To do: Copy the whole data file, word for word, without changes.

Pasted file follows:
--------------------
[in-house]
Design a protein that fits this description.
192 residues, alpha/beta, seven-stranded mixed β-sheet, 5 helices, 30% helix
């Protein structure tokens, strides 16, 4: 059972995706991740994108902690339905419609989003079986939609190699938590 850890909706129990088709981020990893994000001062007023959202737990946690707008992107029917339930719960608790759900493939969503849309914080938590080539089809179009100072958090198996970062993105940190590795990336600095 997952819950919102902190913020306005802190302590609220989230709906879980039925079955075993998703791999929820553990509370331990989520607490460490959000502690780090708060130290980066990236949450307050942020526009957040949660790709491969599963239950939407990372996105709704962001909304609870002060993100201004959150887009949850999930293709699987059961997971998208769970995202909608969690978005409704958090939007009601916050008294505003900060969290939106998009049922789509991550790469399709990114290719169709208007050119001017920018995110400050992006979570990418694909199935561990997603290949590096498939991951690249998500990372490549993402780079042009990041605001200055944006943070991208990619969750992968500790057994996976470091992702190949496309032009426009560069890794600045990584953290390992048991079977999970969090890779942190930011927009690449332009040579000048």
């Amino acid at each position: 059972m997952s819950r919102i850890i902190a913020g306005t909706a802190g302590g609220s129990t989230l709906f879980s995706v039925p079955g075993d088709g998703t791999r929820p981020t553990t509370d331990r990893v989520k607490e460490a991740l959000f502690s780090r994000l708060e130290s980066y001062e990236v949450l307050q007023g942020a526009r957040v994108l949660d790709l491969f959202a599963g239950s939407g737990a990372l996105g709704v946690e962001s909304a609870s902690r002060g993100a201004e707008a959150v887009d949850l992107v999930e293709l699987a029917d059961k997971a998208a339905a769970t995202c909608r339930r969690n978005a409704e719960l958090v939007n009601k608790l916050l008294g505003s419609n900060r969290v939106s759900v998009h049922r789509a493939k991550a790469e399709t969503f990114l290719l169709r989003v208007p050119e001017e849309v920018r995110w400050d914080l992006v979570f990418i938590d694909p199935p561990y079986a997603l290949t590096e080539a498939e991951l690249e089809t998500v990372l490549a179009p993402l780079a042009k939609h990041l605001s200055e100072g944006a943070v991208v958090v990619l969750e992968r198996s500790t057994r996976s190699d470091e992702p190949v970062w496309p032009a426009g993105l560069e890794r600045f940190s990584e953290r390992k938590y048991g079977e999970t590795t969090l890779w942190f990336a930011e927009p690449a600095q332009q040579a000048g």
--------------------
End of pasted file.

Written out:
[in-house]
Design a protein that fits this description.
192 residues, alpha/beta, seven-stranded mixed β-sheet, 5 helices, 30% helix
């Protein structure tokens, strides 16, 4: 059972995706991740994108902690339905419609989003079986939609190699938590 850890909706129990088709981020990893994000001062007023959202737990946690707008992107029917339930719960608790759900493939969503849309914080938590080539089809179009100072958090198996970062993105940190590795990336600095 997952819950919102902190913020306005802190302590609220989230709906879980039925079955075993998703791999929820553990509370331990989520607490460490959000502690780090708060130290980066990236949450307050942020526009957040949660790709491969599963239950939407990372996105709704962001909304609870002060993100201004959150887009949850999930293709699987059961997971998208769970995202909608969690978005409704958090939007009601916050008294505003900060969290939106998009049922789509991550790469399709990114290719169709208007050119001017920018995110400050992006979570990418694909199935561990997603290949590096498939991951690249998500990372490549993402780079042009990041605001200055944006943070991208990619969750992968500790057994996976470091992702190949496309032009426009560069890794600045990584953290390992048991079977999970969090890779942190930011927009690449332009040579000048």
């Amino acid at each position: 059972m997952s819950r919102i850890i902190a913020g306005t909706a802190g302590g609220s129990t989230l709906f879980s995706v039925p079955g075993d088709g998703t791999r929820p981020t553990t509370d331990r990893v989520k607490e460490a991740l959000f502690s780090r994000l708060e130290s980066y001062e990236v949450l307050q007023g942020a526009r957040v994108l949660d790709l491969f959202a599963g239950s939407g737990a990372l996105g709704v946690e962001s909304a609870s902690r002060g993100a201004e707008a959150v887009d949850l992107v999930e293709l699987a029917d059961k997971a998208a339905a769970t995202c909608r339930r969690n978005a409704e719960l958090v939007n009601k608790l916050l008294g505003s419609n900060r969290v939106s759900v998009h049922r789509a493939k991550a790469e399709t969503f990114l290719l169709r989003v208007p050119e001017e849309v920018r995110w400050d914080l992006v979570f990418i938590d694909p199935p561990y079986a997603l290949t590096e080539a498939e991951l690249e089809t998500v990372l490549a179009p993402l780079a042009k939609h990041l605001s200055e100072g944006a943070v991208v958090v990619l969750e992968r198996s500790t057994r996976s190699d470091e992702p190949v970062w496309p032009a426009g993105l560069e890794r600045f940190s990584e953290r390992k938590y048991g079977e999970t590795t969090l890779w942190f990336a930011e927009p690449a600095q332009q040579a000048g």